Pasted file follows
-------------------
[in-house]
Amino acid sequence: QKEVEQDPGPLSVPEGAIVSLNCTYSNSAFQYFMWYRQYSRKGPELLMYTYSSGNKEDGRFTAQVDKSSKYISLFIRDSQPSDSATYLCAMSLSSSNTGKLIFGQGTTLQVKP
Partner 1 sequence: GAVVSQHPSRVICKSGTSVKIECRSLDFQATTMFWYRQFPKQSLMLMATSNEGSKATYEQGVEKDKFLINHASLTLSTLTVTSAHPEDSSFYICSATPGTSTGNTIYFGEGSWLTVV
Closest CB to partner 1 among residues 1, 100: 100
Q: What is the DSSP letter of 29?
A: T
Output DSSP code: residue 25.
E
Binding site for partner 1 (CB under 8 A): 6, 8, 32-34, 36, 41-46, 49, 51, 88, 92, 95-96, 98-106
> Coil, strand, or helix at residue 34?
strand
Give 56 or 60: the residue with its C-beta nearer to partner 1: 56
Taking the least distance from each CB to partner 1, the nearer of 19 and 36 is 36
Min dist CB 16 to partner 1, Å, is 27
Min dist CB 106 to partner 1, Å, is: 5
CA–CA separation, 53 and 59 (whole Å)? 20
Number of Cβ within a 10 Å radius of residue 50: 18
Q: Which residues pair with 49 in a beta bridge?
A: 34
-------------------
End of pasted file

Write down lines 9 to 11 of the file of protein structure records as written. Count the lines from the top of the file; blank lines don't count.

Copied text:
Binding site for partner 1 (CB under 8 A): 6, 8, 32-34, 36, 41-46, 49, 51, 88, 92, 95-96, 98-106
> Coil, strand, or helix at residue 34?
strand